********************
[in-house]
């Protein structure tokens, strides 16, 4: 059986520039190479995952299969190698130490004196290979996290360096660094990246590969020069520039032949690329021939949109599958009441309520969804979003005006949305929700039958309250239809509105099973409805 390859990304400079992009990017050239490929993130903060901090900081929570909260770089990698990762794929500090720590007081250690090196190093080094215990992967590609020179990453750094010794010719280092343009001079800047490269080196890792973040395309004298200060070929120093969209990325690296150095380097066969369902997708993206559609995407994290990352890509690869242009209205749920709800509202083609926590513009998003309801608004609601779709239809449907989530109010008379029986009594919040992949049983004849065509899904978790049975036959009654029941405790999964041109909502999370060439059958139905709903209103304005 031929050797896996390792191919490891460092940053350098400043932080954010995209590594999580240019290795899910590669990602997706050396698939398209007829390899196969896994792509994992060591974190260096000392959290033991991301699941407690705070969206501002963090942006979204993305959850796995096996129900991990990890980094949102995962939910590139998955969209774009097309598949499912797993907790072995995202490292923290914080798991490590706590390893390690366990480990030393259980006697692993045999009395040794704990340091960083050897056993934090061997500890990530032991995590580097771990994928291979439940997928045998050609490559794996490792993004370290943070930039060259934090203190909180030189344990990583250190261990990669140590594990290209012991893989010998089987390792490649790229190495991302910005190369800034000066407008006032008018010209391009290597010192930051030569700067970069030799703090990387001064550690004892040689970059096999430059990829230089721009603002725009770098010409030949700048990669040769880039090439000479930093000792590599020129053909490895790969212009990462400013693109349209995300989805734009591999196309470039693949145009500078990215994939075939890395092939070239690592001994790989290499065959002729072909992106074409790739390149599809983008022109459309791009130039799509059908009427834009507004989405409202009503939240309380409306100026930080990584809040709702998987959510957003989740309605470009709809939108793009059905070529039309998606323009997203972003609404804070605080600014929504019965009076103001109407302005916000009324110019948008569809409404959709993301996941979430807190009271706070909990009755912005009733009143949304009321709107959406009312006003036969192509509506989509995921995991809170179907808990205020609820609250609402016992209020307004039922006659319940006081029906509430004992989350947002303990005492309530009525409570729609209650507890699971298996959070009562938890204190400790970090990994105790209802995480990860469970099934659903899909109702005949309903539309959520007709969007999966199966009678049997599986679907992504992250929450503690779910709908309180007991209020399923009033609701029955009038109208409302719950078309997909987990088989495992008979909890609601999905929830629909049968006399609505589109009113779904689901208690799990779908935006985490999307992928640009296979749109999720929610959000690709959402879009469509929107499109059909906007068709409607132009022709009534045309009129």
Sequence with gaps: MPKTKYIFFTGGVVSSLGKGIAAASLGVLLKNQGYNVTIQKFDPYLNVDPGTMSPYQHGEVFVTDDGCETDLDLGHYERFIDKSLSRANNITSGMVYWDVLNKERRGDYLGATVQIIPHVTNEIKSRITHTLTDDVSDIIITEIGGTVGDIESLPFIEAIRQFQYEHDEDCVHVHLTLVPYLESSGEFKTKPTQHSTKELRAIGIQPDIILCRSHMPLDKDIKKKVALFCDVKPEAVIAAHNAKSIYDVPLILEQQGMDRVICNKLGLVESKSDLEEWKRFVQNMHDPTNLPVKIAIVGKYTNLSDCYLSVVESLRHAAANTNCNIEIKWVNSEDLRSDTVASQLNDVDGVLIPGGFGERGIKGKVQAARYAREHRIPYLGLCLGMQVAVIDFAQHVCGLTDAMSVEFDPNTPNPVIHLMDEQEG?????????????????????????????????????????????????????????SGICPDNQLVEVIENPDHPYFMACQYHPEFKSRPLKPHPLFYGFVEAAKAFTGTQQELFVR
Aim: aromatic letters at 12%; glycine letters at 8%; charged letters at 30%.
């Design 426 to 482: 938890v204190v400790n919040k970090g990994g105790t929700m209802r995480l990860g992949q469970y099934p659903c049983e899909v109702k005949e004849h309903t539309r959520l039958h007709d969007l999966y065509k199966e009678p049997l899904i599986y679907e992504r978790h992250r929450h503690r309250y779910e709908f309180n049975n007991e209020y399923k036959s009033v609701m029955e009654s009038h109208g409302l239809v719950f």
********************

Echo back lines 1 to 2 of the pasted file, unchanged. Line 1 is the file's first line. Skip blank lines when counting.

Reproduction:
[in-house]
């Protein structure tokens, strides 16, 4: 059986520039190479995952299969190698130490004196290979996290360096660094990246590969020069520039032949690329021939949109599958009441309520969804979003005006949305929700039958309250239809509105099973409805 390859990304400079992009990017050239490929993130903060901090900081929570909260770089990698990762794929500090720590007081250690090196190093080094215990992967590609020179990453750094010794010719280092343009001079800047490269080196890792973040395309004298200060070929120093969209990325690296150095380097066969369902997708993206559609995407994290990352890509690869242009209205749920709800509202083609926590513009998003309801608004609601779709239809449907989530109010008379029986009594919040992949049983004849065509899904978790049975036959009654029941405790999964041109909502999370060439059958139905709903209103304005 031929050797896996390792191919490891460092940053350098400043932080954010995209590594999580240019290795899910590669990602997706050396698939398209007829390899196969896994792509994992060591974190260096000392959290033991991301699941407690705070969206501002963090942006979204993305959850796995096996129900991990990890980094949102995962939910590139998955969209774009097309598949499912797993907790072995995202490292923290914080798991490590706590390893390690366990480990030393259980006697692993045999009395040794704990340091960083050897056993934090061997500890990530032991995590580097771990994928291979439940997928045998050609490559794996490792993004370290943070930039060259934090203190909180030189344990990583250190261990990669140590594990290209012991893989010998089987390792490649790229190495991302910005190369800034000066407008006032008018010209391009290597010192930051030569700067970069030799703090990387001064550690004892040689970059096999430059990829230089721009603002725009770098010409030949700048990669040769880039090439000479930093000792590599020129053909490895790969212009990462400013693109349209995300989805734009591999196309470039693949145009500078990215994939075939890395092939070239690592001994790989290499065959002729072909992106074409790739390149599809983008022109459309791009130039799509059908009427834009507004989405409202009503939240309380409306100026930080990584809040709702998987959510957003989740309605470009709809939108793009059905070529039309998606323009997203972003609404804070605080600014929504019965009076103001109407302005916000009324110019948008569809409404959709993301996941979430807190009271706070909990009755912005009733009143949304009321709107959406009312006003036969192509509506989509995921995991809170179907808990205020609820609250609402016992209020307004039922006659319940006081029906509430004992989350947002303990005492309530009525409570729609209650507890699971298996959070009562938890204190400790970090990994105790209802995480990860469970099934659903899909109702005949309903539309959520007709969007999966199966009678049997599986679907992504992250929450503690779910709908309180007991209020399923009033609701029955009038109208409302719950078309997909987990088989495992008979909890609601999905929830629909049968006399609505589109009113779904689901208690799990779908935006985490999307992928640009296979749109999720929610959000690709959402879009469509929107499109059909906007068709409607132009022709009534045309009129």